City of Atchison Clerk Deb Clem and Lori Moore, the municipal government’s human resources director, are retiring after decades of service; Moore has served in her current position since 1977, while Clem became Clerk in 2008 after serving in other roles in previous years.

Dozens of other staffers, constituents and other well-wishers gathered at the Atchison Event Center on Friday afternoon to send off Clem and Moore, including incoming City Clerk Frances Zuzulo. Atchison Globe spoke to Clem and Zuzulo at their retirement celebration.

Atchison Globe: What led you to the decision to move on from the position of City Clerk?

Deb Clem: Well, my husband (Rich Clem) retired last year, and I felt like I would like to spend more time with him while we both remain in good health, while we can both travel freely and do a few things we have always wanted to do, but just haven’t had the time for. After he retired, I pretty much made up my mind then. We’re going on a cruise in June from Canada down through Novia Scotia and then to Boston, and we’ll go out on a crab boat and watch them pull in the crab pots. And then they cook them for you later. So that’s going to be neat.

Globe: Frances, when did you find out that you had the opportunity to become the next city clerk?

Frances Zuzulo: I found out when I was still an intern with the city. I was graduating from Benedictine College. Deb approached me with her plans to retire, and she asked if I would be interested in applying for her position. My colleagues were very supportive in that transition, and so the rest was kind of history after that.

Globe: It’s interesting, in a way. Within the recent past, we’ve had multiple city officials leave and young women like yourself have stepped into their shoes. City Manager Becky Berger took over last year. In the recent elections for voters within city limits, of the six new officials elected, five of them are women. As you become city clerk, what does that time of transition mean to you?

Zuzulo: Well, to me, it’s a symbol of trust in the city. I feel honored that someone my age is trusted to be, in a sense, a representative of the legal side of the city. And, of the face-to-face interaction that many of our residents will experience in the years to come. To me, it’s a great sign of the community and how a lot of women have chosen to stay in Atchison because of the family aspect and how family oriented this community. As a woman, one of my goals is to become a mother, eventually. So, settling in Atchison just makes sense and has a real appeal. That we now have a lot of women in Atchison making similar decisions is reflective of this community that we have.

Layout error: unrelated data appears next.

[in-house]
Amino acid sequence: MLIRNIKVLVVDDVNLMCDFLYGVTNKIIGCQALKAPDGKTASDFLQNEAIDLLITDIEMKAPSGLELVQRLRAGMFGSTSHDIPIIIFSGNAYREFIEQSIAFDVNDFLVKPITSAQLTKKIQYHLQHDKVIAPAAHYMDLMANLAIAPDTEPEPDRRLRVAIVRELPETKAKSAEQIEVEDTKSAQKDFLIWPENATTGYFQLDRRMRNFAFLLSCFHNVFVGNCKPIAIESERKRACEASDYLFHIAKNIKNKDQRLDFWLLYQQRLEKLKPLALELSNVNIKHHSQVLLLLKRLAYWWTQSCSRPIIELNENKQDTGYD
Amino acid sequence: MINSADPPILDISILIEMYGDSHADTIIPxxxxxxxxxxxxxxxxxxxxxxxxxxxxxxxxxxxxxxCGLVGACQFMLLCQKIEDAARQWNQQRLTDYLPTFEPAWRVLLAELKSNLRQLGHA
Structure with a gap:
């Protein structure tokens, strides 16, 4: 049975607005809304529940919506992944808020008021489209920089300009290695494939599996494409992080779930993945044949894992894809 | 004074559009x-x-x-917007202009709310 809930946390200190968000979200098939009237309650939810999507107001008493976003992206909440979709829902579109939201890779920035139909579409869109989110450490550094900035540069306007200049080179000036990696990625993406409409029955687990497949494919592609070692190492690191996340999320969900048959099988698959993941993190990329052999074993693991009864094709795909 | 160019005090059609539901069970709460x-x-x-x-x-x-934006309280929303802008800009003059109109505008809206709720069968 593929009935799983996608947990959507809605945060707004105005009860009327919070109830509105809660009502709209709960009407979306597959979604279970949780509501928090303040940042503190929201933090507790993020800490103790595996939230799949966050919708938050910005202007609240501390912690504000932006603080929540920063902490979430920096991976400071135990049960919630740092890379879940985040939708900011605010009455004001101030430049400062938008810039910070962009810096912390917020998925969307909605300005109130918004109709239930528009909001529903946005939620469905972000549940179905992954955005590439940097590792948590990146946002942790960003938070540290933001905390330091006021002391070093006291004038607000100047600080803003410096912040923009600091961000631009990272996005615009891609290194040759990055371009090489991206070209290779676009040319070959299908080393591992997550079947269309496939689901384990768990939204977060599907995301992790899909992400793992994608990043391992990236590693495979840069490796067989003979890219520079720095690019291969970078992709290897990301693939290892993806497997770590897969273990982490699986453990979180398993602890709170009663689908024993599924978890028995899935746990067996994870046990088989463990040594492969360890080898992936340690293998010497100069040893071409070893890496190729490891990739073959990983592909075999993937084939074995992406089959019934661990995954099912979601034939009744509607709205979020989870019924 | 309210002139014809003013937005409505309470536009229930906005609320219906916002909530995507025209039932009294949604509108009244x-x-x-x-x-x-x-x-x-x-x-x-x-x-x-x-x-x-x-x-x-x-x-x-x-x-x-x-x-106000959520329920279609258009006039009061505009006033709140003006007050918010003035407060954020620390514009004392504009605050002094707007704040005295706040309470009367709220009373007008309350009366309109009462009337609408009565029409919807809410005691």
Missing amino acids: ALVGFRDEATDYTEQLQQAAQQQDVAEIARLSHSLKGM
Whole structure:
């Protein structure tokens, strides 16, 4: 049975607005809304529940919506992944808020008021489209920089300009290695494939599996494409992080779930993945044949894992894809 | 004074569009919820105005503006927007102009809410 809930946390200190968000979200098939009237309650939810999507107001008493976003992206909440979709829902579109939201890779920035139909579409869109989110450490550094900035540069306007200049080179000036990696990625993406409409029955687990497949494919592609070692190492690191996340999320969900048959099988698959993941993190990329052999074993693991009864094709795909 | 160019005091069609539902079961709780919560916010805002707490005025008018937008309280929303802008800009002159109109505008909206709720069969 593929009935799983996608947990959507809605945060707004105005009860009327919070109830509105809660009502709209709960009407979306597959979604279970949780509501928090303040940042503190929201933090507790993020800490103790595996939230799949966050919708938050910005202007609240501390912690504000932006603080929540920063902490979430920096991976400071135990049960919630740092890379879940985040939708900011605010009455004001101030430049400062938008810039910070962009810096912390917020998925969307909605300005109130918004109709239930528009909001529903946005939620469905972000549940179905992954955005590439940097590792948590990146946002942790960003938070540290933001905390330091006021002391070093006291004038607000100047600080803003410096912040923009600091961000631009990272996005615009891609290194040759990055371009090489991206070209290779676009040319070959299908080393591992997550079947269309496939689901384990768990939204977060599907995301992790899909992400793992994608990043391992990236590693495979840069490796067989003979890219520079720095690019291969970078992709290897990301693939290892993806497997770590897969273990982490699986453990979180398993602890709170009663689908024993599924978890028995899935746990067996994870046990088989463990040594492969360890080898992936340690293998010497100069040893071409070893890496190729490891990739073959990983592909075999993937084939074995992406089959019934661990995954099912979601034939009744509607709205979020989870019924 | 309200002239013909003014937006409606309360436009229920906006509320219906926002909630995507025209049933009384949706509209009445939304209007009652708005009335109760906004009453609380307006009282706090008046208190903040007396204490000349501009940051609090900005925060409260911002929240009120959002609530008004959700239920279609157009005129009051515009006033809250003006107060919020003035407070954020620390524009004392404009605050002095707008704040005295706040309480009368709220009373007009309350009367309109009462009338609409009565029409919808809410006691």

Globe: Deb, is there any particular life experience or lesson that you have shared with your successor, Frances, that will help her take over?

Clem: Mainly — I’m serious, this is really important — you’ve got to proofread everything. Over and over and over before it is published. Before it is released out into the world. That’s really a good strength to have. To be able to send stuff out that is accurate, impactful and serves the community well. That’s the No. 1 thing in this job ...

Globe: This is kind of a daunting job we’re talking about, maintaining thousands of cases per year in a way where you know exactly where to find the exact documents you need on a moment’s notice, maintaining knowledge of all the business before the city at any given time. Is that just something you just find easy to do?

Zuzulo: It’s interesting, as I’ve grown up in a very electronic world. You rely on the internet and like, online databases for a lot of information nowadays. Coming into the role of city clerk, you realize that actually, the world still runs on paper. It’s about finding the balance between organizing the physical documents you have to handle and working individual cases and elements so things always get to where they need to go, including online. That is one of my goals, to be very organized in the paper world, but also make it accessible for my generation and those to come. This is something Deb has started, but the job will always go on.

Globe: Different people have different ideas of what “good government” is. What is your idea of the best way to go about doing this job?

Clem: Transparency is so important. It is the No. 1 thing we have to worry about, and that should continue.

Zuzulo: I agree. We also must strive to be good stewards of the people we serve in everything that we do. That personally means going out and meeting as many people as I can, understanding how I am able to help them more in each case. Just in the short time I’ve practiced this career, I’ve realized what a difference it makes to interact with constituents on a face-to-face basis. It breaks down barriers. If our constituents perceive barriers in government, those should be broken down.

Editor’s note: Deb Clem is of distant familial relation to Marcus Clem.

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